Rare, pristine coral reef shaped like roses discovered off Tahiti
A rare stretch of pristine corals shaped like roses has been discovered off the coast of Tahiti.
Scientists believe the reef deep in the South Pacific is thought to be one of the largest found at such depths and seems untouched by climate change or human activities.
Laetitia Hédouin, a researcher at the French National Center for Scientific Research in Moorea, French Polynesia, said she first saw the corals during a recreational dive with a local diving club months earlier.
“When I went there for the first time, I thought, 'Wow - we need to study that reef. There’s something special about that reef',” she said.
What struck Ms Hédouin was the corals looked healthy and weren’t affected by a bleaching event in the waters in 2019.
The recent volcanic eruption in Tonga that triggered tsunami waves across the Pacific has also not affected the reef off Tahiti, she added.
Corals are tiny animals that grow and form reefs in oceans around the world - but globally they have been depleted from overfishing and pollution.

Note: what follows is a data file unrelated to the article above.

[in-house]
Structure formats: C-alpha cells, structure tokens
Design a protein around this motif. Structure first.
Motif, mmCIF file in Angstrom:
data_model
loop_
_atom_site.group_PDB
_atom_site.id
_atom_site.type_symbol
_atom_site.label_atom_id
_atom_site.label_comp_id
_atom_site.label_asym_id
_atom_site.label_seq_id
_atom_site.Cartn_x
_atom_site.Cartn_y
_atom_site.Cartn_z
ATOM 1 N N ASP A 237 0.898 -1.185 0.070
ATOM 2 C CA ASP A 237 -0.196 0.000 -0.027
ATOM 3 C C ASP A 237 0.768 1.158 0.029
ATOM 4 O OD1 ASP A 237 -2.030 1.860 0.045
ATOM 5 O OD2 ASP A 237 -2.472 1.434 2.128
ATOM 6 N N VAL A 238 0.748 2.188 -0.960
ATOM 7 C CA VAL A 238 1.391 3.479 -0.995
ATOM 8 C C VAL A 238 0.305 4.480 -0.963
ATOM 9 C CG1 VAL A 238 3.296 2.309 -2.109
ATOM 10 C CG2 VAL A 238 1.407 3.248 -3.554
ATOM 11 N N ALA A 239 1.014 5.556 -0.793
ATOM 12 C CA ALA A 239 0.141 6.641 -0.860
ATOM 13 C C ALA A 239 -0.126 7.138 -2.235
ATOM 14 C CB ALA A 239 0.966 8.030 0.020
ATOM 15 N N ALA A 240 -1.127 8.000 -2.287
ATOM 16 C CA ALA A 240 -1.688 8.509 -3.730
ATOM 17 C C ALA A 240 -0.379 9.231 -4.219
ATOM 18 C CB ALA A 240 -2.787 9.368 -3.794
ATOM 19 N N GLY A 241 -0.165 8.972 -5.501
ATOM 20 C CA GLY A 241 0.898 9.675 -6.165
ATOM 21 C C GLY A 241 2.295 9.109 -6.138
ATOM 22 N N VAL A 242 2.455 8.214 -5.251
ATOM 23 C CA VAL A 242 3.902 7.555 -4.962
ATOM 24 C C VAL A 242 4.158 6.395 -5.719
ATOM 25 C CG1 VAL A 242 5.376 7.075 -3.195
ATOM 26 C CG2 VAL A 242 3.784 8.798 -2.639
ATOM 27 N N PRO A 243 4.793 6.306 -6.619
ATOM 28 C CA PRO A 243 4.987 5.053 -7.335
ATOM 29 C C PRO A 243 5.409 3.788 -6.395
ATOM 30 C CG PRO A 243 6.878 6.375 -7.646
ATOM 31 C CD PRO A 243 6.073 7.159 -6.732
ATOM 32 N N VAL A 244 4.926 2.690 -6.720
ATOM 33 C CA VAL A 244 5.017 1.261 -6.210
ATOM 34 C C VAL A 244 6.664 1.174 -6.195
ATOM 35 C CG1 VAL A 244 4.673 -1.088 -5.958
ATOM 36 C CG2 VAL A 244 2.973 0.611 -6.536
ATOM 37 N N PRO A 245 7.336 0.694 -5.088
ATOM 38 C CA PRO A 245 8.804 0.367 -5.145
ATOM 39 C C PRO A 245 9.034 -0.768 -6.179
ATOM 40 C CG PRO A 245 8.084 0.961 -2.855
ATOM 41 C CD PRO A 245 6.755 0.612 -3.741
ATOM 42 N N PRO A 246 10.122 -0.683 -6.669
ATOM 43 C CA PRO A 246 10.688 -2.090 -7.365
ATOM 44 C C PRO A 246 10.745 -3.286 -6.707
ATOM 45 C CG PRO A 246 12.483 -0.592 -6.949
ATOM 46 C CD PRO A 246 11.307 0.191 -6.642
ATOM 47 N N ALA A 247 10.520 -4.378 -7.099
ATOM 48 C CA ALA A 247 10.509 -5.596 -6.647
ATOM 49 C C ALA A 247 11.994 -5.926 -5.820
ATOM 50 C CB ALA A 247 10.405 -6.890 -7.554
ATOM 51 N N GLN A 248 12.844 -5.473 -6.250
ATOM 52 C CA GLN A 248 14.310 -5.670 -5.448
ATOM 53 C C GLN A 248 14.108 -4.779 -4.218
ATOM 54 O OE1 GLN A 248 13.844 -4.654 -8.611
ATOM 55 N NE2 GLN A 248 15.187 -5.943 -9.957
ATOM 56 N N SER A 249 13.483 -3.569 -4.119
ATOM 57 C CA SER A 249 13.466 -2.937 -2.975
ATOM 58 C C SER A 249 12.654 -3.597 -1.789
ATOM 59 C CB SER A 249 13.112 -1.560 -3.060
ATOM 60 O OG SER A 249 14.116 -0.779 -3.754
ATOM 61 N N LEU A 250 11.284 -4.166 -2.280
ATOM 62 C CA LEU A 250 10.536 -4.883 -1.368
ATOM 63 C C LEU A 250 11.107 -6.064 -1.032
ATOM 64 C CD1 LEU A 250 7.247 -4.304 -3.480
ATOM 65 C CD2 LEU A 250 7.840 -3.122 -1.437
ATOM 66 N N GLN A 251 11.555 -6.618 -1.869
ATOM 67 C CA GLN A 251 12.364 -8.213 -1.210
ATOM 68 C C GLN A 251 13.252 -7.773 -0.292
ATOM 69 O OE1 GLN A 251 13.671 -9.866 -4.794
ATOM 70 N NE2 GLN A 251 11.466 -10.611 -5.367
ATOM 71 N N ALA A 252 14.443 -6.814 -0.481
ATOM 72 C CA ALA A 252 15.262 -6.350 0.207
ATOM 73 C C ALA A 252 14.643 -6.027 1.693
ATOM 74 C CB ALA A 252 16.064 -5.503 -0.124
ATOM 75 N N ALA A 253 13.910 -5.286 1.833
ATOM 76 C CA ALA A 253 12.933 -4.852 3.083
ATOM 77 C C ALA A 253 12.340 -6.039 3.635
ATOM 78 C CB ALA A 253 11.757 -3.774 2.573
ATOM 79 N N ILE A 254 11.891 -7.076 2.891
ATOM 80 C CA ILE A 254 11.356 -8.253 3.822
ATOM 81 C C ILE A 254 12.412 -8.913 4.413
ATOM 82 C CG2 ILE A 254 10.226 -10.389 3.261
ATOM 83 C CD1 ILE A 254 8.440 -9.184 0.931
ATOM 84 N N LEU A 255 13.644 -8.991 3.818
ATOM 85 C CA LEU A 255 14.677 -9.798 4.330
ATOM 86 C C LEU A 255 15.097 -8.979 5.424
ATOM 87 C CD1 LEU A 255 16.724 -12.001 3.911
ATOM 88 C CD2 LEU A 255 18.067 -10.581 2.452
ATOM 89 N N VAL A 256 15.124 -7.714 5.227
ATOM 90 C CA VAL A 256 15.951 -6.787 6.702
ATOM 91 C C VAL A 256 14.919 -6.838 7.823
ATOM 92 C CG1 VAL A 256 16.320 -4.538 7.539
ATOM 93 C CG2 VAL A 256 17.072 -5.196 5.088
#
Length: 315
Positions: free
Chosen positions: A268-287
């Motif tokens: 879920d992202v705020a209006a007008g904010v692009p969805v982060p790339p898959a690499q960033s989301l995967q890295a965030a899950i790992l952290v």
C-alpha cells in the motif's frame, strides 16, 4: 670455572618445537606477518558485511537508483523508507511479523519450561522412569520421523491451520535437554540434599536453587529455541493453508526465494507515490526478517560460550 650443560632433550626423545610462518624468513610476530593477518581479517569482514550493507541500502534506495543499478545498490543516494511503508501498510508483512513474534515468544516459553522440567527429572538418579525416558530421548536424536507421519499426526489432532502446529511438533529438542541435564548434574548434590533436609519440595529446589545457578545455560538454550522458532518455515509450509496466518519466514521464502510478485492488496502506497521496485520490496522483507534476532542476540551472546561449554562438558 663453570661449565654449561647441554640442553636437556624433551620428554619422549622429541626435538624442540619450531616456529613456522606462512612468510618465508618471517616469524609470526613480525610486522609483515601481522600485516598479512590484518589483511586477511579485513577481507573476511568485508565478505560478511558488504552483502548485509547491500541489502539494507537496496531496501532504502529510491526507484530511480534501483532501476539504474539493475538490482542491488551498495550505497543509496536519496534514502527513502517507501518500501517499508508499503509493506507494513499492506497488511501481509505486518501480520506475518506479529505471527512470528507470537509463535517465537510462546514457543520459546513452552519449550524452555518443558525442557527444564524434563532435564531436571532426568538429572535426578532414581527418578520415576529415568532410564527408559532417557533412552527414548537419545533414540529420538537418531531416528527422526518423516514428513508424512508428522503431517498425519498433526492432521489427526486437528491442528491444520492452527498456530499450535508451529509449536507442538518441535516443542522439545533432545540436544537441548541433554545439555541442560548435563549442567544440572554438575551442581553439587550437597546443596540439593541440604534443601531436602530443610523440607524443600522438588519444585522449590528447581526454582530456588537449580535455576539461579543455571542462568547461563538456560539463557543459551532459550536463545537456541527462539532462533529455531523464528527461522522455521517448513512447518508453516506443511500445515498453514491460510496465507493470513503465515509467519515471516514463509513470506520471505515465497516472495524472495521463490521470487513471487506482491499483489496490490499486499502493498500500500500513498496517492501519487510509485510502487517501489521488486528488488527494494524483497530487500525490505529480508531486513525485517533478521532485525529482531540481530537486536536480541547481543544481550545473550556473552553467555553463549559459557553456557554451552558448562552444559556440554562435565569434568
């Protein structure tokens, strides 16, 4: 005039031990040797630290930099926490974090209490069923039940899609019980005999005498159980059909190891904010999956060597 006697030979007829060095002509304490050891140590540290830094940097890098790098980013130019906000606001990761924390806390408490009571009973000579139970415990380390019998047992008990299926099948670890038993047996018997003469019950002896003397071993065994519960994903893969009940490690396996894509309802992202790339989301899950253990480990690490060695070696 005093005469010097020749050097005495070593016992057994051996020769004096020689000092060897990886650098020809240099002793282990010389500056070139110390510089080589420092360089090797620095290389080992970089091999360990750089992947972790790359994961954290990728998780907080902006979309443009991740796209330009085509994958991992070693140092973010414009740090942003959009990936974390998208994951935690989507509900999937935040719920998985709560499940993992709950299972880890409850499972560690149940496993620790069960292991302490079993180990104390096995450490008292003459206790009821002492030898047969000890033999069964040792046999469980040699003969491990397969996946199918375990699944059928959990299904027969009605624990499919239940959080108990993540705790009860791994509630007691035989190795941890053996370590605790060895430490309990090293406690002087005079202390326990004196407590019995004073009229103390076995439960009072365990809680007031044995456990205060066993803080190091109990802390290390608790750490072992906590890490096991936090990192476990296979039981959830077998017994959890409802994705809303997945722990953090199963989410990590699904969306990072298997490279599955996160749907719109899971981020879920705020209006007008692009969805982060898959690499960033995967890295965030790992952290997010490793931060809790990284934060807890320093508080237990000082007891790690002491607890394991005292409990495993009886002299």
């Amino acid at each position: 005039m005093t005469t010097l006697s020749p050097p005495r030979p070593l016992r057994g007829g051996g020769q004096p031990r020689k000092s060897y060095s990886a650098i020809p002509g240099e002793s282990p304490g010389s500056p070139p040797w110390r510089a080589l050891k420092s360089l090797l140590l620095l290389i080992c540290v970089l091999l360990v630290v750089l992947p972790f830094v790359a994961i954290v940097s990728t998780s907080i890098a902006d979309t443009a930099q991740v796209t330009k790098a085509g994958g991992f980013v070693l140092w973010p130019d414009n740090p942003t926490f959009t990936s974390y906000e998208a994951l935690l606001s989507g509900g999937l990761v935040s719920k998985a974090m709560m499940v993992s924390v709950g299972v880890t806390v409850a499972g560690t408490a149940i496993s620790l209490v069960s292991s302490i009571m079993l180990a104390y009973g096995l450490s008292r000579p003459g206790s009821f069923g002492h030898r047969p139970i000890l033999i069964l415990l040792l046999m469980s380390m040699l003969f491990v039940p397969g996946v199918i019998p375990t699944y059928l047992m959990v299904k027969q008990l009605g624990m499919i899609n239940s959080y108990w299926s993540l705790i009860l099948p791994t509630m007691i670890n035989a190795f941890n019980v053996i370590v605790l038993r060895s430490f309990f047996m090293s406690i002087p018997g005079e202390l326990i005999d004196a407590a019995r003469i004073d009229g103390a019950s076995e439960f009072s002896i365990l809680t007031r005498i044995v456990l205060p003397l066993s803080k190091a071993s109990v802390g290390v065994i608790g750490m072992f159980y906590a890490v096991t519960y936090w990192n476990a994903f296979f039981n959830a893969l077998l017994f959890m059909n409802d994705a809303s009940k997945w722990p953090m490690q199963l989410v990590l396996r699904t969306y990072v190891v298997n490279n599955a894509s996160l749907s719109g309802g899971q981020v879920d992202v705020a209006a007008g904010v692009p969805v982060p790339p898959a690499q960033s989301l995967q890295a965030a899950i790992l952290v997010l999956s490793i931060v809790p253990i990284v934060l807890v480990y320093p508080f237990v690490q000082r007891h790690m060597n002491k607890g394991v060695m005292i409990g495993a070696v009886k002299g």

Climate change is also harming delicate corals - including those in areas neighbouring the newly discovered reef - with severe bleaching caused by warmer waters.
Between 2009 and 2018, 14% of the world’s corals were killed, according to a 2020 report by the Global Coral Reef Monitoring Project.
The newfound reef, stretching two miles, was studied late last year during a dive expedition supported by UNESCO.
Unlike most of the world’s mapped corals, which are found in relatively shallow waters, this one was deeper - between 115 feet to 230 feet.
Exploring such depths posed a challenge - the deeper a diver goes underwater, the shorter amount of time can be safely spent at each depth.
The team was equipped with special tanks and did 200 hours of diving to study the reef, including taking photographs, measurements and samples of the coral.
The reef is in a spot where many researchers haven’t spent a lot of time in, said former National Oceanic and Atmospheric Administration oceanographer Mark Eakin.
“We’ll be seeing more of these discoveries as the technology is applied to these locations,” said Mr Eakin.
“We may find some bigger ones somewhere, but I think this is always going to be an unusual reef.”
Julian Barbière, the head of UNESCO’s marine policy and regional coordination, said: "We know very little about the ocean, and there’s still so much that needs to be recorded, needs to be measured."
Ms Hédouin hopes the research and further dives planned can help experts understand how the reef has been resilient to climate change and human pressures, and what role these deeper corals might play in the ocean ecosystem.